The first time you install Heads, you’ll need a hardware flash programmer to be able to replace the existing vendor firmware. Subsequent upgrades can be performed via software, although you’ll probably want a hardware programmer since we don’t have a fail-safe recovery mechanism in the event of a bad flash or buggy firmware.
Additionally, reflashing the firmware will change the TPM PCRs. This will require generating a new TPM TOTP token and a new drive encryption key. Be sure you have your TPM owner’s password and your disk encryption recovery key or passphrase available since, by design, the disk key is not accessible to the recovery shell.
If you flash the same firmware and you keep settings, your TOTP will be valid, HOTP also, and Disk Unlock Key passphrase will still boot your system. In doubt, you can consequently reflash your firmware.
The Disk Recovery Key is the key used at OS installation for the encrypted root partition (passphrase placed in LUKS keyslot 0).
If the flash protection bits are set correctly it is not possible to rewrite the firmware from the normal OS. You’ll need to reboot to the Heads recovery shell. Repeatedly press ‘r’ on boot or choose ‘Recovery Shell’ in the heads GUI.
Reconnect power to the laptop and you should be able to boot into the Heads recovery shell.
Plug your USB flash drive into the laptop that you used to build Heads. If your USB drive is already formatted as ext4 or you are confident you can format it then just move the coreboot.rom file to the usb drive. Otherwise, find your usb drive using fdisk:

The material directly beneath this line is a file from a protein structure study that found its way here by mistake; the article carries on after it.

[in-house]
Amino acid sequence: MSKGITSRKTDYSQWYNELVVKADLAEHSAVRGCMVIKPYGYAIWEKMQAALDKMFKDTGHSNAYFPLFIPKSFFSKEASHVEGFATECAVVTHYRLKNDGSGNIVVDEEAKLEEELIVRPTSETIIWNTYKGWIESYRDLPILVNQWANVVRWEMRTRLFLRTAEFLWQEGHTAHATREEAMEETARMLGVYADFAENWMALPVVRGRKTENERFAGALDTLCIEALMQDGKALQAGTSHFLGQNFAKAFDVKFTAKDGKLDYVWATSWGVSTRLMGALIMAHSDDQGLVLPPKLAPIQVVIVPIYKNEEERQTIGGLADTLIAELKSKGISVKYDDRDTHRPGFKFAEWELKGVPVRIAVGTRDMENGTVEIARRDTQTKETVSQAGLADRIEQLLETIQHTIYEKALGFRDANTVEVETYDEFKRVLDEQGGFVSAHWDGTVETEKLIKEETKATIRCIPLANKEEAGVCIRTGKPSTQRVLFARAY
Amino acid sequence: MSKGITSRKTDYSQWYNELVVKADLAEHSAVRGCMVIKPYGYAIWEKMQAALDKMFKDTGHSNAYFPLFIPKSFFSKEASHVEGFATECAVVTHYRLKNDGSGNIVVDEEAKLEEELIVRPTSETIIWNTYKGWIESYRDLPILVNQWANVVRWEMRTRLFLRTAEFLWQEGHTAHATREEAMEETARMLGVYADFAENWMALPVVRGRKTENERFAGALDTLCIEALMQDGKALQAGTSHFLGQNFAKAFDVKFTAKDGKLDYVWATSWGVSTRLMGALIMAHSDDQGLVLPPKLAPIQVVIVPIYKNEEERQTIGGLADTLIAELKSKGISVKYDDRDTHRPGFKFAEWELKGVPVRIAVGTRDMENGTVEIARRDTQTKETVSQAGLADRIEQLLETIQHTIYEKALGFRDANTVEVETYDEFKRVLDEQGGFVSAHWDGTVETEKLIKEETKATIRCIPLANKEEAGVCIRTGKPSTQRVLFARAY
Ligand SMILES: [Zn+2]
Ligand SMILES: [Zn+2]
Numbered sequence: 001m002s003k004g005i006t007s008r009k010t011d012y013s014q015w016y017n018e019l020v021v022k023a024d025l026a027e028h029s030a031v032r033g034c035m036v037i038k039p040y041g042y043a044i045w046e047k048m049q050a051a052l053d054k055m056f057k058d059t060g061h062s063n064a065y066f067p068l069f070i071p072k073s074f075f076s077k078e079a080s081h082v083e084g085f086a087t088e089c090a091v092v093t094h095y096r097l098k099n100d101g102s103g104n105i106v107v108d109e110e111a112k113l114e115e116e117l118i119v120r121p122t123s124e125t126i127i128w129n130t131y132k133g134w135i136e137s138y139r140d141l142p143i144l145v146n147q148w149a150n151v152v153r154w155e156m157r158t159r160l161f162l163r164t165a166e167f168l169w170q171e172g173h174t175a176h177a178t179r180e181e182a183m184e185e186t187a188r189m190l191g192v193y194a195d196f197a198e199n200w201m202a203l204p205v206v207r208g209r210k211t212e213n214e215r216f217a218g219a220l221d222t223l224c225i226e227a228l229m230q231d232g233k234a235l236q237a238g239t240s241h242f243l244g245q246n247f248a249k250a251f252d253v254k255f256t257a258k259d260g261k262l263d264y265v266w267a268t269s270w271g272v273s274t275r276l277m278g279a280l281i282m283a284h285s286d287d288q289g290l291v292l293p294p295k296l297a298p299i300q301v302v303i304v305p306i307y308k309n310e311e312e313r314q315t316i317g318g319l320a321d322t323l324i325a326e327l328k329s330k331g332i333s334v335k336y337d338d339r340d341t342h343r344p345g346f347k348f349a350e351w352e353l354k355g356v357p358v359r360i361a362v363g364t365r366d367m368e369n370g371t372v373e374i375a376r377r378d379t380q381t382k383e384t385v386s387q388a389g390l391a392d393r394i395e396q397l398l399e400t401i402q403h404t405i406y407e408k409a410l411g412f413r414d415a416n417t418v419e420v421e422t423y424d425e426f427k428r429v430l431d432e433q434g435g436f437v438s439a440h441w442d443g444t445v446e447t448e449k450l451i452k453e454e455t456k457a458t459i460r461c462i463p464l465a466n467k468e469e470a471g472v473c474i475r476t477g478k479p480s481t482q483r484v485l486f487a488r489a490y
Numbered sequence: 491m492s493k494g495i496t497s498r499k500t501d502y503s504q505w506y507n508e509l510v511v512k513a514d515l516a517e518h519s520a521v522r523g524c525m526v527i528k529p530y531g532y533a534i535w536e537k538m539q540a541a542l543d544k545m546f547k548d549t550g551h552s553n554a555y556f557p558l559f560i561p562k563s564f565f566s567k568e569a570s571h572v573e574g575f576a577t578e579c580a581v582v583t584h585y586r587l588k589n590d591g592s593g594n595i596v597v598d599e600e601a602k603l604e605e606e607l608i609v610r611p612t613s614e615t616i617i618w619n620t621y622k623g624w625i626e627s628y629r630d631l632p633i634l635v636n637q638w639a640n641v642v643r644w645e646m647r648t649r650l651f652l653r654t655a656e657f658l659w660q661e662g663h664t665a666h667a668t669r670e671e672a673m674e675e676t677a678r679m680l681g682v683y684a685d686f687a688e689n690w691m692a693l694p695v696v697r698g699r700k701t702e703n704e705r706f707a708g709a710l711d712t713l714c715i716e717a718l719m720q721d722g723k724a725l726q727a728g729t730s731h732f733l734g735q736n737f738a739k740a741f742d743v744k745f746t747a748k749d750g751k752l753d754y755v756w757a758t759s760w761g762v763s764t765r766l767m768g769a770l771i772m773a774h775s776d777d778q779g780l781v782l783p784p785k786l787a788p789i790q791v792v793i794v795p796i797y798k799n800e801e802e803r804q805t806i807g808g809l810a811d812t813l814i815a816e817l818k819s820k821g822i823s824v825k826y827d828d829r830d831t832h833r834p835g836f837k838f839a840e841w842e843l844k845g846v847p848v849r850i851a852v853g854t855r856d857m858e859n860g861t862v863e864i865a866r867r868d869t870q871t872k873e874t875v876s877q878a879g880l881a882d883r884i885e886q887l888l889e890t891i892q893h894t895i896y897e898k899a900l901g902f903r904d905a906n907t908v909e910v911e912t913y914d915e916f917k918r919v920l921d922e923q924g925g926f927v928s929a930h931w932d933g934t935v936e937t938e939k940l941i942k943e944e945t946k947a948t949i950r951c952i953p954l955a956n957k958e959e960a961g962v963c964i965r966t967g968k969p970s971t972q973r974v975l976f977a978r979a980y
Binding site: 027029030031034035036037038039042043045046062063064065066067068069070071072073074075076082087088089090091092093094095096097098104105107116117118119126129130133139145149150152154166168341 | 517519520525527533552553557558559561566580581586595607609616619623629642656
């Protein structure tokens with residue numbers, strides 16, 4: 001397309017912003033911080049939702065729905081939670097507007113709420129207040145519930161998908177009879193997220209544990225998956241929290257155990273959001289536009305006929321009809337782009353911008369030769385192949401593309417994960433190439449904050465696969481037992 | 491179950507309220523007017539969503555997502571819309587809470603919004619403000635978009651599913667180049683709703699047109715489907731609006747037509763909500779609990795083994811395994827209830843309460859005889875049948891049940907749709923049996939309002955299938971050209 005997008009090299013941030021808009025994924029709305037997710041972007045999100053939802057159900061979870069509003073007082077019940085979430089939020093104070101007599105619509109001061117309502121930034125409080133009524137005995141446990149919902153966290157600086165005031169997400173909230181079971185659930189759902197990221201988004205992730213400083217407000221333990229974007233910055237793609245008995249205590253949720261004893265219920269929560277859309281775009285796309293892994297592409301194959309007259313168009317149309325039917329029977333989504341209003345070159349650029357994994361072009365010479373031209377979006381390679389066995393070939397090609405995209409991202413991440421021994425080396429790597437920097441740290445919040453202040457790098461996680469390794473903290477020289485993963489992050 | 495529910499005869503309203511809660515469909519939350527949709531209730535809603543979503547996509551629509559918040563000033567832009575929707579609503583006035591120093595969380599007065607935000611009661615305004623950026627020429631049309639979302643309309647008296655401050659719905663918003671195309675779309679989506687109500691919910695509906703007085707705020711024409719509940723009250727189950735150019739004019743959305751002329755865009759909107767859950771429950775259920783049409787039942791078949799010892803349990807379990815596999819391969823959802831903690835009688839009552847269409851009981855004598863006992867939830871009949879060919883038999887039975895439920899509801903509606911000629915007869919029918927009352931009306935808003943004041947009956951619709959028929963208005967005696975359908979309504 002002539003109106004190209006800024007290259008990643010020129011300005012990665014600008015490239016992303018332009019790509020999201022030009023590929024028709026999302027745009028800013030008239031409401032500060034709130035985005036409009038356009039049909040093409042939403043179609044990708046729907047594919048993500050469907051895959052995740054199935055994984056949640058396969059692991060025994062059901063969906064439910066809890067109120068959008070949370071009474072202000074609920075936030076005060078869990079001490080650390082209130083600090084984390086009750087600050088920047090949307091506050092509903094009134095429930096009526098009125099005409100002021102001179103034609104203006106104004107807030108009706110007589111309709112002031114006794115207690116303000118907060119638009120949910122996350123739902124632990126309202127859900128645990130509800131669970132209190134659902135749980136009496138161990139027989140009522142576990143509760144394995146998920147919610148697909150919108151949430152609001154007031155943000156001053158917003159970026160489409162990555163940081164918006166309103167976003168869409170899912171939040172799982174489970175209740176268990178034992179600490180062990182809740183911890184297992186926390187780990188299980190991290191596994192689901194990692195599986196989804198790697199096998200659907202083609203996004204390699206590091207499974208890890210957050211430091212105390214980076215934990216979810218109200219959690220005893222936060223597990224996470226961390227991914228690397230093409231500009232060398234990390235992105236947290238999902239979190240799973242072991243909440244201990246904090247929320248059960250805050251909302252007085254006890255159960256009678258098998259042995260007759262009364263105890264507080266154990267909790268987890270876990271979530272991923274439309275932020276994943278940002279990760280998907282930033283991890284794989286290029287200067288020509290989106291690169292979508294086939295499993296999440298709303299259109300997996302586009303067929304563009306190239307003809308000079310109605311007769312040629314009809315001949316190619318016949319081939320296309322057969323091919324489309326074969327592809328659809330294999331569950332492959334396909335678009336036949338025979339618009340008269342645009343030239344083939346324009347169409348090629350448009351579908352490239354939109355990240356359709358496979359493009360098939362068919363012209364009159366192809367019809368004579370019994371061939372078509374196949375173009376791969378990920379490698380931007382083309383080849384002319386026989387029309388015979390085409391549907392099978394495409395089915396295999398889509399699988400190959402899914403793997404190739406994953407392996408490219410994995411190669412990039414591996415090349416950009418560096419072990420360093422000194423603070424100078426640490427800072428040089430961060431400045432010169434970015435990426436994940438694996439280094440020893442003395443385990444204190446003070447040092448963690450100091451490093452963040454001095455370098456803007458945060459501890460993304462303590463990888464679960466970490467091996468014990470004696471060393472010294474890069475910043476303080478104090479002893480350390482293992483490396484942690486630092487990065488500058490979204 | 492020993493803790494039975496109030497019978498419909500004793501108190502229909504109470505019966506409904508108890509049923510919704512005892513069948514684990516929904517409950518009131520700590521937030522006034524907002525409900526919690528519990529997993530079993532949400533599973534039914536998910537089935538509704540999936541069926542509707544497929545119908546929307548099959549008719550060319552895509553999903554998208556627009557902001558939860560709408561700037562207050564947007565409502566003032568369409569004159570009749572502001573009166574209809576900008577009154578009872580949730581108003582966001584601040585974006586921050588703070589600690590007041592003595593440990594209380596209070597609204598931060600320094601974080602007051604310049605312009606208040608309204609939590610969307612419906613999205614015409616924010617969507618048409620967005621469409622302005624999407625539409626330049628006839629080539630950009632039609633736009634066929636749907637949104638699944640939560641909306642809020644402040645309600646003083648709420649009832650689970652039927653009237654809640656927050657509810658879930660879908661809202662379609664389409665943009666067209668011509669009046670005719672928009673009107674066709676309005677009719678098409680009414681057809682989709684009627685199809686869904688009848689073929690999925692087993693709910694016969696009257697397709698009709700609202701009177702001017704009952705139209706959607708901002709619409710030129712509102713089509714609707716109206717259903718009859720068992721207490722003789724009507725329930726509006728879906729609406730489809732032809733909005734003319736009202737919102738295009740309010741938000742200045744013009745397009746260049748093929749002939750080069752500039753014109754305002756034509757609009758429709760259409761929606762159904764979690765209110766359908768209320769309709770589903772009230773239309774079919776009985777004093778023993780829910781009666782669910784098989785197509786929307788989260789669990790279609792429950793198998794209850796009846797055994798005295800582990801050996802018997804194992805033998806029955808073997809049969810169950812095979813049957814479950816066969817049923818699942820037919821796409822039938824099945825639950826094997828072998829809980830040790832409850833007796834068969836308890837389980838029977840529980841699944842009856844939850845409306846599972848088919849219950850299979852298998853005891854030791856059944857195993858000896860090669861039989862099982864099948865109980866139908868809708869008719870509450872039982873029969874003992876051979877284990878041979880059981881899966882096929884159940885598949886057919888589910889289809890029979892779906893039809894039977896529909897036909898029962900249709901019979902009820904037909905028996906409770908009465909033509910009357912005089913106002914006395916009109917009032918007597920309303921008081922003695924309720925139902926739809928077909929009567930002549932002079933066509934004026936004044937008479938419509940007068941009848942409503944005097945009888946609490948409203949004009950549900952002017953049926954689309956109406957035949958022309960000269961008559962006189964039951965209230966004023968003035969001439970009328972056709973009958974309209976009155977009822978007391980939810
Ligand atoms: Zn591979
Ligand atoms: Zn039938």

sudo fdisk -l
Format your usb drive as ext4 (My usb drive is /dev/sdb):
sudo mkfs.ext4 /dev/sdb1
These are the commands I used to create a directory ~/usb/ and mount my usb drive there, but you can mount it wherever you want:
mkdir ~/usb sudo mount /dev/sdb1 ~/usb/
Move the full Heads rom file to the usb drive:
sudo cp ~/heads/build/x230/coreboot.rom ~/usb/
Insert the usb drive into the Thinkpad x230 and mount it:
You should now see the file coreboot.rom in /media:
Internally flash coreboot.rom (This command will write to both SPI flash chips as if they are one 12Mb chip):
flash.sh -c /media/coreboot.rom
Wait for the flashing to finish and you should be able to reboot into Heads!
The Heads boot process does not have USB or network drivers by default and neither does the recovery shell (although this might change). You need to load the Linux kernel modules, which will change the default module PCR 5:
insmod /lib/modules/ehci-hcd.ko insmod /lib/modules/ehci-pci.ko
When you insert the drive you’ll see a console message about the partitions on the new device. Typically it will be the first partition,
/dev/sdb1, or sometimes just
/dev/sdb if there is no partition table. Make a directory and mount the device read only:
mkdir /media mount -o ro /dev/sdb1 /media
There is a helper script
/bin/flashrom-x230.sh that uses the x230 flash ROM layout and the Heads modified version of
flashrom to write to the chip. One of the modifications is to avoid touching or reading the ME section, so it is not necessary to have used the ME cleaner or unlocked the flash descriptor.
If all goes well it will write for about a minute and then report success. Due to hacks in
flashrom, it does not read back what it wrote to verify, so hopefully it worked.
Reboot and verify that the new firmware is running. You’ll be dropped into the recovery shell immediately since the TPM TOTP secret will not be unlocked. Since the first boot after flashing will also adjust the MRC cache, it is necessary to do a second reboot to ensure that the TPM values are at their persistent state (issue #150 aims to fix this).
After the second post-flash reboot, generate a new token and store the QR code in your phone by running:
This needs the TPM owner password to be able to define the NVRAM space. (todo: issue #151).